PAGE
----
Objections to Open Theism
As I’ve said before, objections to Open Theism don’t come from Scripture. Typically classical theists ignore the Scripture used by open theists and argue in other ways. So while I consider those other ways less important, they aren’t completely invalid, and I will address some of the most common objections here: why is it such a minority view in church history? why don’t we accept the idea that God changing his mind or emotions is simply anthropomorphic poetry? why do we think God can’t know future free actions? and the biggest one, is this not limiting God?
Some object to open theism on the basis of it being a minority view throughout history. That is very true, although there have been some theologians who have defended it. The first response from the Protestant view is that even if they do disagree, Scripture always trumps church tradition. If it is as clear in Scripture as I argued it is in my post on the biblical arguments for open theism, then church history is secondary. But another interesting thing to note is that classical theism has never been a part of any major creed of the church. Although the majority of theologians believed it, it has never been an official position of the church, so even for those traditions that hold the early councils as authoritative, there is no conflict.
Why do open theists not accept the classical theist interpretation of texts that demonstrate the openness or emotions of God as simply being anthropomorphic? Maybe all of these texts are just ways to help us understand God, in which case, so what if he technically lied by saying he changed his mind? There are a few responses that mainly deal with the assumptions of this question.
Firstly from a philosophical perspective, why do we assume that the ability to change our minds is anthropomorphic? There is nothing Scriptural to suggest that God can never change his mind. There is Platonic philosophy that suggests that God can never change his mind.
Secondly from a literary perspective, the anthropomorphic texts are usually pretty obvious, using physical analogies like being a husband or having wings. The texts are written in just as much of a literal style as the texts about some things in the future being settled, usually within the historical narrative sections of Scripture. The only reason we assume they are poetic is because we assume that they can’t be true – after all, Plato told us so.
There is a third practical reason as well. If we believe that the Bible is inspired, then what do the texts about God changing his mind in response to prayer tell us if not that God can change his mind in response to prayer? There is nothing revealed in these texts – they are simply wrong. This is different from the anthropomorphism of God with an outstretched hand which tells us he is reaching toward us.
The Nature of the Future
Why don’t open theists think God can foreknow future free actions? The first obvious answer again is that Scripture repeatedly reinforces that he can’t. If we want to get philosophical on top of that, though, we can. Some argue that God can see future free actions but chooses not to because it would instantly erase the free nature of it and he wants us to have freedom. Others, myself included, argue that God cannot see future free actions because that would be a logical contradiction. It is not a limit on God’s power to say that God can’t see a truth that doesn’t exist. It is the same idea as asking whether God can create a rock so heavy that he can’t lift it. It is a pointless question because there is no such thing as a rock so heavy that God can’t lift it. Similarly, there is no such thing as a settled future free action. By definition of a free action there is possibility, or else it wouldn’t be free. So we can say that God sees those possibilities but the nature of freedom requires that there is some element of uncertainty involved.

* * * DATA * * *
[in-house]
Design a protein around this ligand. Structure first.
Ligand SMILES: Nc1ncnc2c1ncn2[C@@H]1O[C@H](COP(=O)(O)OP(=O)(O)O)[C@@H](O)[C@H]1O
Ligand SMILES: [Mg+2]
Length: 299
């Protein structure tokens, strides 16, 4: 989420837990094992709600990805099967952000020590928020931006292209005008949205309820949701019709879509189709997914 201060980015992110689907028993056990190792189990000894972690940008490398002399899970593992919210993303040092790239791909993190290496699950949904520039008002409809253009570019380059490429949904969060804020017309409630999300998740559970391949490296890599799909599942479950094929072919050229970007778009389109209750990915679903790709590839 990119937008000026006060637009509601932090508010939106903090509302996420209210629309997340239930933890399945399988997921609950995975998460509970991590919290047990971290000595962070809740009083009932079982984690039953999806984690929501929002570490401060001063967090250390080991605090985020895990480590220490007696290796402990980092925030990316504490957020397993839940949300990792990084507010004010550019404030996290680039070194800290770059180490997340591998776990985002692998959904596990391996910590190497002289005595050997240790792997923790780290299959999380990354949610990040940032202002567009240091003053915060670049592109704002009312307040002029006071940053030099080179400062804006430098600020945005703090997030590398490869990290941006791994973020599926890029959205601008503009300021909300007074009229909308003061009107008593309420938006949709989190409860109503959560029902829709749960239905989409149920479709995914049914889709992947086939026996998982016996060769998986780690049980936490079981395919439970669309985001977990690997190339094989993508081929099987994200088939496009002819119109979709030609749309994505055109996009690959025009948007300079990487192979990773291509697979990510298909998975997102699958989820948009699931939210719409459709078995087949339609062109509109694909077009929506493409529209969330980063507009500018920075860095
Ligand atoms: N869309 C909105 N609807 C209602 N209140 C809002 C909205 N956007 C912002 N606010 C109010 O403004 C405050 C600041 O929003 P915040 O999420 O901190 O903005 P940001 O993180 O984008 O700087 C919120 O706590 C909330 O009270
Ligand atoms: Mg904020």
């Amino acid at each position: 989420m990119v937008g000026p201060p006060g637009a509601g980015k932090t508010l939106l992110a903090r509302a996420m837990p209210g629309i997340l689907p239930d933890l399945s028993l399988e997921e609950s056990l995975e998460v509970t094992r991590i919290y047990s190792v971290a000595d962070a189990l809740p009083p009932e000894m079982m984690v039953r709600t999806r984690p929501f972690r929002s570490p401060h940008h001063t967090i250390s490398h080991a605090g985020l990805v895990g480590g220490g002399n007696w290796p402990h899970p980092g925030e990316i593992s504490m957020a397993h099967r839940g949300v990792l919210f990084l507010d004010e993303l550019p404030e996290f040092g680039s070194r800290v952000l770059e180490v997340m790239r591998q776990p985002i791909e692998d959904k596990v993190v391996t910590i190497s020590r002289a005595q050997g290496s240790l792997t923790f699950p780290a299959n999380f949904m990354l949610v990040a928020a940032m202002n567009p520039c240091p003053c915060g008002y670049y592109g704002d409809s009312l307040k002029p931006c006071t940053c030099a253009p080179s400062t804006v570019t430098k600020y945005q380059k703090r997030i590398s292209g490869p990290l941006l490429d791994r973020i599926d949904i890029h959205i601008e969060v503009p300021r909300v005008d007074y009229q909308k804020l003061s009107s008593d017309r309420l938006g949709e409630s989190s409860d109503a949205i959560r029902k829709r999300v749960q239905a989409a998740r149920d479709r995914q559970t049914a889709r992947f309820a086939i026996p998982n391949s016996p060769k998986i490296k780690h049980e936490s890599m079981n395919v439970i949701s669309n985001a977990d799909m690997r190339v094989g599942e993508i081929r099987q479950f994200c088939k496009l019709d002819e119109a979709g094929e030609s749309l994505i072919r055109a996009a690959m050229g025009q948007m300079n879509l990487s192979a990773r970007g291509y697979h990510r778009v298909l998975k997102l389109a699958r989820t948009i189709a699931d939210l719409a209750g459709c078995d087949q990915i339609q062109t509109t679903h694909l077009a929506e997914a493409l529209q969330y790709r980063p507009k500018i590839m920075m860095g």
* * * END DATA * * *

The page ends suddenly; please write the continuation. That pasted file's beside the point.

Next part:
This is the big one in my opinion: does open theism limit God? Are we not saying that God is not powerful enough to know the future, or not wise enough? For the first, see the previous question. It is not a question of whether God is powerful enough to know a future that already exists in a settled form. It is a question of whether the future exists in a settled form. Based on Scripture as well as other secondary arguments, we believe the future is a realm of possibilities. Therefore God in his total power knows the total realm of possibilities, which is everything there is to know.
As to whether it reduces God’s wisdom, I’ll borrow another analogy from Greg Boyd. Suppose God is a chess master. The Calvinist view says that God will win every game because he is controlling the moves of his opponent. The Arminian view says that God will win every game because he foreknows every move of his opponent, even though he isn’t strictly speaking controlling them. The Open Theist view says that God will win every game despite not knowing every move of his opponent. The Open Theist view therefore has a higher view of God’s wisdom, not lower, because he can allow us freedom and still be guaranteed to win every time. He is so wise that he doesn’t need to control us or even to know precisely what we’ll do.